Thomas W. Stewart was an American inventor who made improvements to the mop and invented the railroad indicator and a metal bending machine, according to About.com. Stewart was born in Kalamazoo, Michigan in 1823. Stewart was one of the first African-Americans to be awarded a patent.
Thomas Stewart's first invention was a station and street indicator patented in 1883. Before this invention, there were only street signs warning of crossing trains and street cars. The indicator could be activated by a lever built into the tracks that indicated a train or street car was approaching.
Stewart's next invention was an improved mop design that is still in use. In 1893, the year Stewart invented the new mop, the only available mops had to be wrung out by hand. Stewart improved upon this design by adding a clamp and springs that allowed the user to push a lever that wrung out excess water. Stewart also made the mop head detachable so users could replace or clean mop heads as needed.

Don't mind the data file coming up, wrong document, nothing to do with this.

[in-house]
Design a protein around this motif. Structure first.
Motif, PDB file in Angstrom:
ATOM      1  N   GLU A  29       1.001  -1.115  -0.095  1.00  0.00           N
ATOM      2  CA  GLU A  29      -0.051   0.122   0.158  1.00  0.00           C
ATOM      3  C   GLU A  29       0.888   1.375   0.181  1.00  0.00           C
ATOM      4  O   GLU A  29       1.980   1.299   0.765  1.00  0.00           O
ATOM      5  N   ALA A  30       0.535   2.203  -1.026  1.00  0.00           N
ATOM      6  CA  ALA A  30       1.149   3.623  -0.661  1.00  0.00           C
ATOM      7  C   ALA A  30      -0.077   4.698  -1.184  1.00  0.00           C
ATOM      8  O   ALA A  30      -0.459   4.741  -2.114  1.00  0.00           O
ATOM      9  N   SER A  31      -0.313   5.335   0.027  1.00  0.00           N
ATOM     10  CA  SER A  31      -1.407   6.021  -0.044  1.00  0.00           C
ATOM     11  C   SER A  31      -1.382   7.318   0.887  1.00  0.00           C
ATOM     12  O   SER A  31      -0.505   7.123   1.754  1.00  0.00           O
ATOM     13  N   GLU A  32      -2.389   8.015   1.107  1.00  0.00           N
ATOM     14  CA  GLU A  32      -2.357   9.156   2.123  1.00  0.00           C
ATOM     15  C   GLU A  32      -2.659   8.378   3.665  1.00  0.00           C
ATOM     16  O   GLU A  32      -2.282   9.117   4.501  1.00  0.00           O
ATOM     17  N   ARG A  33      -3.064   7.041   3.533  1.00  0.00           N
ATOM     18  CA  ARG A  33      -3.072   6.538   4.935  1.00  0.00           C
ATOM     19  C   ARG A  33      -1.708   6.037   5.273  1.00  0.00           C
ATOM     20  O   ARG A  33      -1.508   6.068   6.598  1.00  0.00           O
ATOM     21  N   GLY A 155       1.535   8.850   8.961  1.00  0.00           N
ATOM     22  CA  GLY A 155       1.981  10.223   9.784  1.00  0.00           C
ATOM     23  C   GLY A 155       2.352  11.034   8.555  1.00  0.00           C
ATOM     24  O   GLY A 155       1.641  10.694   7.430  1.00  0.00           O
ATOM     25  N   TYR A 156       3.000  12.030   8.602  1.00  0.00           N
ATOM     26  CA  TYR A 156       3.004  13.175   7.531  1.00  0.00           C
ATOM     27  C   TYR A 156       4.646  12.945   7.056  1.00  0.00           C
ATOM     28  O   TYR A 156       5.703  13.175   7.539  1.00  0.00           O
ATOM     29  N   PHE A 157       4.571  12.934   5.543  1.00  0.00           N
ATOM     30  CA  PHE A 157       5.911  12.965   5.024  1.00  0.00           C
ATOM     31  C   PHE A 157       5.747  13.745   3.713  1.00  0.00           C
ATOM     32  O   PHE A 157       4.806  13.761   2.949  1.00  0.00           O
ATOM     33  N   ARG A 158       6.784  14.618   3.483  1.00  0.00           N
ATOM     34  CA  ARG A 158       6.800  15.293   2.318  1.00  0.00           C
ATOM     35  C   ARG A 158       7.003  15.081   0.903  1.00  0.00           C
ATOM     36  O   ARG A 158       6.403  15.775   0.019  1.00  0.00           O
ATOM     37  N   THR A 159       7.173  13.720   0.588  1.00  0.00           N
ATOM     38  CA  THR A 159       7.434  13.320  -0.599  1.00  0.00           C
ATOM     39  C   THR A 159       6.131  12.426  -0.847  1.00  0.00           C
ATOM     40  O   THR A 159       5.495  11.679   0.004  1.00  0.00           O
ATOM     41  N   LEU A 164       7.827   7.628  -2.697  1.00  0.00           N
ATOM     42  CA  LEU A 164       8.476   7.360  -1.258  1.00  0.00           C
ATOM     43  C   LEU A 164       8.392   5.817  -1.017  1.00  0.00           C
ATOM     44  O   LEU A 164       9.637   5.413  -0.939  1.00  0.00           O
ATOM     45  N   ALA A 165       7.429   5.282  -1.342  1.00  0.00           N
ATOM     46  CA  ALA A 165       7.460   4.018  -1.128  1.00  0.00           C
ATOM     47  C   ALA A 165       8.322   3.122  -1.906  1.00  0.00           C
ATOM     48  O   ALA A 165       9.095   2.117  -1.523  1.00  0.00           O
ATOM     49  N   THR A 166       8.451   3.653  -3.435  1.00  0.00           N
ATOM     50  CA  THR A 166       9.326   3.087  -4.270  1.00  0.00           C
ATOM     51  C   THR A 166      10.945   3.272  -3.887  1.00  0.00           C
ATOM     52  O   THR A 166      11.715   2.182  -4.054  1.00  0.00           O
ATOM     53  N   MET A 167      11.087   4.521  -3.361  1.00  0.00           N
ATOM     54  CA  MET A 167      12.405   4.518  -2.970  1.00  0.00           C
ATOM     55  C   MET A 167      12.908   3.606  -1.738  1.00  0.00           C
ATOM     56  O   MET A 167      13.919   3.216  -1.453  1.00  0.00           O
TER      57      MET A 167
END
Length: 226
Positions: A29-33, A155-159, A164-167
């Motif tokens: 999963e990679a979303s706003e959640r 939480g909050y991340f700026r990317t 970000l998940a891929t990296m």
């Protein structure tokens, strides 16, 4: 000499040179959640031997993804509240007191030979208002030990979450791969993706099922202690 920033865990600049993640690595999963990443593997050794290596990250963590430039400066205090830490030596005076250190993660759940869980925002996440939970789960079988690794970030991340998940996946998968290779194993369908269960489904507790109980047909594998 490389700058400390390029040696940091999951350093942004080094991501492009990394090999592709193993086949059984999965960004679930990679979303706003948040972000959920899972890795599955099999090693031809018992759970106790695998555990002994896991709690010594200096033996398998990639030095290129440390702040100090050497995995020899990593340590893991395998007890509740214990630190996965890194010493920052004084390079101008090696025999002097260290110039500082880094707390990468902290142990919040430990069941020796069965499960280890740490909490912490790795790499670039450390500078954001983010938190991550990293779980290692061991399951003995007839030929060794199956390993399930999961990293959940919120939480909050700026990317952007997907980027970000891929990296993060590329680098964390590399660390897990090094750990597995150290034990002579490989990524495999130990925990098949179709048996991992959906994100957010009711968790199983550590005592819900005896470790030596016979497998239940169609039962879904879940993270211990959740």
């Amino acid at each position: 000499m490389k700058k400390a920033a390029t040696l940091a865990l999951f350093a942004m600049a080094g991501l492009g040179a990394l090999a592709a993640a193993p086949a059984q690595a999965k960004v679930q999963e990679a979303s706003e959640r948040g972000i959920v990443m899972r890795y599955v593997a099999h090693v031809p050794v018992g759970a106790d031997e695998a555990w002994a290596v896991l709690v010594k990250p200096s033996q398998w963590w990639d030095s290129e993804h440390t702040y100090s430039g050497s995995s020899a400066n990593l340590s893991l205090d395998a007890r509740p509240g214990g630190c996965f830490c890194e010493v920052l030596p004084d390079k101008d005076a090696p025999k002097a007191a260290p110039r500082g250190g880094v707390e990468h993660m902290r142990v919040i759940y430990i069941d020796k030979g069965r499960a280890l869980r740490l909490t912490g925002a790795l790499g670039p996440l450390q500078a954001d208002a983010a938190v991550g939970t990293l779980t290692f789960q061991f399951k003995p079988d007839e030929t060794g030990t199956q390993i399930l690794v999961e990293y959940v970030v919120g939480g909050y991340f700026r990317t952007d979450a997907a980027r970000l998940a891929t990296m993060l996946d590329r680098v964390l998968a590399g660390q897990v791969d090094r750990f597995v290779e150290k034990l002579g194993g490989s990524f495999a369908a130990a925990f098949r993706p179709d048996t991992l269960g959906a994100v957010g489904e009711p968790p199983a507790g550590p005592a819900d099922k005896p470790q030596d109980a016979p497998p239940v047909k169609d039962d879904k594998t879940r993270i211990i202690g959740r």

Stewart's last invention was created in 1887 and was a metal bending machine that had the capability of oscillating. This invention made the process of bending steel safer and more efficient.